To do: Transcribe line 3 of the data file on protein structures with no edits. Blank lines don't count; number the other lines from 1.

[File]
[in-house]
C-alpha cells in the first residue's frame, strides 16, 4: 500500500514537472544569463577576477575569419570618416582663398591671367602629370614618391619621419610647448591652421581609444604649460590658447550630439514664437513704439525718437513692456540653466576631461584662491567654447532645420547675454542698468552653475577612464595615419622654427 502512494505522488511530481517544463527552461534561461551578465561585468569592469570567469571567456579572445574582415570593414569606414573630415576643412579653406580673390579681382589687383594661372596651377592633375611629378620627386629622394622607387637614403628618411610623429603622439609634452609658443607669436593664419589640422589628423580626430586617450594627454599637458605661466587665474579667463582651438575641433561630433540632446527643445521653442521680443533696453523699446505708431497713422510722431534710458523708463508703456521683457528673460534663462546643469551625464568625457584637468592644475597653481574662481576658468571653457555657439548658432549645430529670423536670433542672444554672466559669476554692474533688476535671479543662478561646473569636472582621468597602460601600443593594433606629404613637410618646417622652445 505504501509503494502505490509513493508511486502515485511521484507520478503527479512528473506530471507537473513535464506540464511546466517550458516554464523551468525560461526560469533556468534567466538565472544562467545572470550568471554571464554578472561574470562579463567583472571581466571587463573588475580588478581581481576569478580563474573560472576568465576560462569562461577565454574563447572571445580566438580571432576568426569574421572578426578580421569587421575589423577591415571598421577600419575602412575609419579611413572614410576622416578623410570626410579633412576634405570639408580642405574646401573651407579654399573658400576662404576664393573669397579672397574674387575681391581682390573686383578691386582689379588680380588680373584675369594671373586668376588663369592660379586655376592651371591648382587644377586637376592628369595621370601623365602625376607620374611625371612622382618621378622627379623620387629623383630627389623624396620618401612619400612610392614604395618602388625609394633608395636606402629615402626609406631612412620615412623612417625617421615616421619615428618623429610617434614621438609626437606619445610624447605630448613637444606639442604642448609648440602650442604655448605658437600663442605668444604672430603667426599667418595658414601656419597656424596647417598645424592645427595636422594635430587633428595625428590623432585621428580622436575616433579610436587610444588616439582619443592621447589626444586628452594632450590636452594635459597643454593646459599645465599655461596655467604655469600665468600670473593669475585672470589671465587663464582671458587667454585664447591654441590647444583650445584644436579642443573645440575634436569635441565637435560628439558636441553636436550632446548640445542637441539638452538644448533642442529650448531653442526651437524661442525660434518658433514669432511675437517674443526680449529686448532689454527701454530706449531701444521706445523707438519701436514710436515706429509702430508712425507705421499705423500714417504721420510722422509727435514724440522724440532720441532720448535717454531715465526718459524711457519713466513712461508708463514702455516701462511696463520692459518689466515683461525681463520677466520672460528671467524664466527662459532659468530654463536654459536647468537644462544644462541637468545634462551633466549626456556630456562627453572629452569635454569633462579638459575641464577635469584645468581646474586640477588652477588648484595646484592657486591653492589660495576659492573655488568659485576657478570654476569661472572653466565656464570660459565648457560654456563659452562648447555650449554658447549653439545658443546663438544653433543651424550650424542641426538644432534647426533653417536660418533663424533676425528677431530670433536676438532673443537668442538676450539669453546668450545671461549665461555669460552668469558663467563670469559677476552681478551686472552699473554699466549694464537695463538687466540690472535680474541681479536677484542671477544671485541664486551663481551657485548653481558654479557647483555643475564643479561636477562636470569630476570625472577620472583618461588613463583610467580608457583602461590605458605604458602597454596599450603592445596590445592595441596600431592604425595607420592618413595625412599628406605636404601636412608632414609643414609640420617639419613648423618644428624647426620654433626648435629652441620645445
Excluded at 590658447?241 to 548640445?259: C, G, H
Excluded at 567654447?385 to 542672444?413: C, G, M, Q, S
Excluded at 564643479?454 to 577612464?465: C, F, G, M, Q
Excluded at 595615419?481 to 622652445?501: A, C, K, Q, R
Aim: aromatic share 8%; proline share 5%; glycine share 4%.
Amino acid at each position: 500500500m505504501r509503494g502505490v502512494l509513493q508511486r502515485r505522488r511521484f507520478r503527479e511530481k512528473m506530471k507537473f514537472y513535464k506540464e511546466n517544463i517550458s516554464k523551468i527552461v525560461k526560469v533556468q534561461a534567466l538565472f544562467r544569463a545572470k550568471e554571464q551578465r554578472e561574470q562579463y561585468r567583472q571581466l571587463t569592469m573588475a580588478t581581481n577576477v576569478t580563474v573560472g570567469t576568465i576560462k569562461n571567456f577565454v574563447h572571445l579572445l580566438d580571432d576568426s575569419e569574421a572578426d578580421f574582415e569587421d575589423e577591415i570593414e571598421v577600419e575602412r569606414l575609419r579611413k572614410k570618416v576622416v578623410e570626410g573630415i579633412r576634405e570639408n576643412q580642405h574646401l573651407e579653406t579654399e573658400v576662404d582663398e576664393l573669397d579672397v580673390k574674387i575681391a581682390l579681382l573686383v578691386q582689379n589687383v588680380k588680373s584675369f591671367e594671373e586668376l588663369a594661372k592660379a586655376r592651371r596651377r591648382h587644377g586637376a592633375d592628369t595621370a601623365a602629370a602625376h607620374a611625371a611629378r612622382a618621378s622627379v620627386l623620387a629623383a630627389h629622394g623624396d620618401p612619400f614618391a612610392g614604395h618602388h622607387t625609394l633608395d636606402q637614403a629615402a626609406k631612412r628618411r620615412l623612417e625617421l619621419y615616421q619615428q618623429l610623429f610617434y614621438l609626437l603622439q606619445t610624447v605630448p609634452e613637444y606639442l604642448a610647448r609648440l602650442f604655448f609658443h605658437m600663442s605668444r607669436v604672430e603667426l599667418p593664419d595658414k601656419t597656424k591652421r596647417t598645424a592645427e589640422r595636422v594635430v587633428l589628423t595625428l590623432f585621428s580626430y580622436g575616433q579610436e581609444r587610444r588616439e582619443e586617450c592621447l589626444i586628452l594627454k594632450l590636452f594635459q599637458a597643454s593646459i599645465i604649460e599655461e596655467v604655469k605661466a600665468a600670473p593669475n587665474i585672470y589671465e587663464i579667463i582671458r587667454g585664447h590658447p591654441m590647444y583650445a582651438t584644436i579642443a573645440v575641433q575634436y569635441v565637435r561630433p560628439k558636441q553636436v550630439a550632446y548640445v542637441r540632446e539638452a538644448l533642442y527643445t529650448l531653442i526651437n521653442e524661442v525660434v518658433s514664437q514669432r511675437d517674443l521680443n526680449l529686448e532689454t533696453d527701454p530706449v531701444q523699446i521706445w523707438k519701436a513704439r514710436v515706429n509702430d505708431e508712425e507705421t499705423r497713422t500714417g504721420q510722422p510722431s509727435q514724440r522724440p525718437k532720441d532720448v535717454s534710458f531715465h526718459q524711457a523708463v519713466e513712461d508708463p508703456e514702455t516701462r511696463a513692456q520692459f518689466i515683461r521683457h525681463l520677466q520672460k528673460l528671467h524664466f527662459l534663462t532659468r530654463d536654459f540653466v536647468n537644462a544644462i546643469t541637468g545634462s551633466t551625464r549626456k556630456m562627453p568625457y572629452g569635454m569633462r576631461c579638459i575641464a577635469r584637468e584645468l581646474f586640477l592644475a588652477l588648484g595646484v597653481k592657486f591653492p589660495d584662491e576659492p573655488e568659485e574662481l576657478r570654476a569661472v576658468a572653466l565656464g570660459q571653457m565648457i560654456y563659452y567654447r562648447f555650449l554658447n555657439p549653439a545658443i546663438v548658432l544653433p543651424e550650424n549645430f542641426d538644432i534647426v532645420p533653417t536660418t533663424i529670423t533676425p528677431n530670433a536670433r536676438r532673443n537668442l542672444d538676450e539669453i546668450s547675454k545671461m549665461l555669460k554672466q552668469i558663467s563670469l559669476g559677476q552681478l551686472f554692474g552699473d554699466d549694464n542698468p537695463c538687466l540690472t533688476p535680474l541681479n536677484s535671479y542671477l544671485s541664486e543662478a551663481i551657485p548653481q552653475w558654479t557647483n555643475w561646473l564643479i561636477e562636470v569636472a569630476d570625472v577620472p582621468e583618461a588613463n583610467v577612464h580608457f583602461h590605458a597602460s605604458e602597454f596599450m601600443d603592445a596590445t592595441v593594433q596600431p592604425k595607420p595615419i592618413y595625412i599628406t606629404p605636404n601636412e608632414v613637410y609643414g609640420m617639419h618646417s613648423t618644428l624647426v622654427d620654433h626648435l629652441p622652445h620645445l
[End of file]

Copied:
Excluded at 590658447?241 to 548640445?259: C, G, H